Head to the Chicago suburb of Glenview with your family for a fun-filled afternoon at the Kohl Children’s Museum.
Kohl Children’s Museum
2100 Patriot Blvd.
Glenview, IL 60026
There aren’t too many places in the Chicago area where your child can pretend to work on a car, be a veterinarian and make music, all under one roof. At the Kohl Children’s Museum, you and your child can spend a fun-filled day learning about music, the sciences, art, nature and more. As it is a children’s museum, it is extremely family-friendly and has family restrooms and nursing stations for breastfeeding moms, and it is easy to maneuver a stroller through the exhibits. Admission is free for infants under one year of age, $9.50 for adults and children and $8.50 for senior citizens and grandparents. How should you get to the museum and what should you see when you get there? The following guide to the Kohl Children’s Museum has you covered.
How To Get There
The museum is approximately 30 minutes from downtown Chicago, making it an ideal location for a meetup. You have a few options for getting to the museum. It is almost smack-dab between I-94 and I-294, allowing for a quick trip from just about any part of the Chicago area; for directions from either expressway, refer to the museum’s website. Parking is free and plentiful at the museum, and additional off-site parking is also available. Public transportation is also an option. Take the Metra Milwaukee District North Line and hop off at the Glen of North Glenview Station, then walk just over one-half of a mile west to the museum. You can also pick up Pace bus route 423.
What To See
The exhibits at the Kohl Children’s Museum emphasize a hands-on experience that your child is sure to enjoy. What should you see? Your child might enjoy expressing herself through art at the Adventures in Art exhibit, which includes a take-home art project. If your child is a budding musician or just likes to make noise, then make the Ravinia Festival Music Makers exhibit part of your visit. Children can try out an assortment of musical instruments and learn how melodies work. It’s also a fun excuse for your child to be loud and creative while learning about music. Other exhibits include City on the Move, where children learn about gravity and electricity, and Pet Vet, which helps children use their imagination to take care of pretend animals while also learning how an animal hospital works. For an additional list of permanent exhibits, refer to the museum’s website.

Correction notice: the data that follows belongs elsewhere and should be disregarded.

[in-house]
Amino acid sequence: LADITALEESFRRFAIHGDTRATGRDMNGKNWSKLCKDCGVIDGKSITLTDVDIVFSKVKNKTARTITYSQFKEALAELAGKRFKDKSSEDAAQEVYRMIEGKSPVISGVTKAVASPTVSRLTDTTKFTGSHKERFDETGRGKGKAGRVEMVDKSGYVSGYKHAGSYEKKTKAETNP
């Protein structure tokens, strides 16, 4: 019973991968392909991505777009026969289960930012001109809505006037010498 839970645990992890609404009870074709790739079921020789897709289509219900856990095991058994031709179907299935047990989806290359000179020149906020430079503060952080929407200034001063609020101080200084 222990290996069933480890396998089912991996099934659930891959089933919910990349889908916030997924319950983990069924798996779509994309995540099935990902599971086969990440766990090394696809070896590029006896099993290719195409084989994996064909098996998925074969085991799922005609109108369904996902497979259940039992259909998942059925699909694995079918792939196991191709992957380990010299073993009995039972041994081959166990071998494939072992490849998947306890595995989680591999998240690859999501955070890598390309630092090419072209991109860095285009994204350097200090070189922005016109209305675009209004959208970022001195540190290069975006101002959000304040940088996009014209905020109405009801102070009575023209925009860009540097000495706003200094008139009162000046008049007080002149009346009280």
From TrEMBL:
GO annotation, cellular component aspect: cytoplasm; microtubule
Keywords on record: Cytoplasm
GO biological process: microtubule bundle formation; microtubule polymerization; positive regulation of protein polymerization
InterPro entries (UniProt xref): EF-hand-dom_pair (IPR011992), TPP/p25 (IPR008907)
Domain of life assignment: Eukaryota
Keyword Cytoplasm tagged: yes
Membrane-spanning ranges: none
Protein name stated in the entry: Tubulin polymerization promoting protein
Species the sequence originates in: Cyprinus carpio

Where To Eat
You don’t even have to leave the museum for a quick bite to eat, as a Cosi Cafe is onsite. A kid-friendly menu includes fare like peanut butter and jelly sandwiches, grilled cheese sandwiches and flatbread pizzas. Options for adults include salads, soups, wraps and soft drinks and coffee. You can also pop in for a quick snack. For additional options, head to The Glen Town Center, located just a few blocks from the museum.
When To Visit
If large crowds are overwhelming to your child, then you’ll want to know when the museum isn’t as crowded. According to the museum’s website, Mondays that do not coincide with school holidays tend to have lighter crowds. You can also plan to visit in the afternoon on weekdays, when younger children typically head home for naptime. The museum has several temporary exhibits underway, so you’re sure to find something new. “Eggs to Chicks” runs through June 16, 2014, and “Japan and Nature: Spirits of the Seasons” runs through July 1, 2014. Special programs at the museum include “Fitness for All,” which focuses on healthy activities and runs Monday through Saturday every week through October, and “Habitat Park,” a two-acre garden that teaches children about solar power and nature.
The museum also has extended and special hours, so check the website before your visit. For parents of younger children, expect to spend about two hours at the museum. Older children may wish to stay longer. The museum is also a great destination for field trips for schoolchildren.
Megan Horst-Hatch is a runner, reader, baker, gardener, knitter, and other words that end in “-er.” She is also the president of Megan Writes, LLC. Her work can be found at Examiner.com.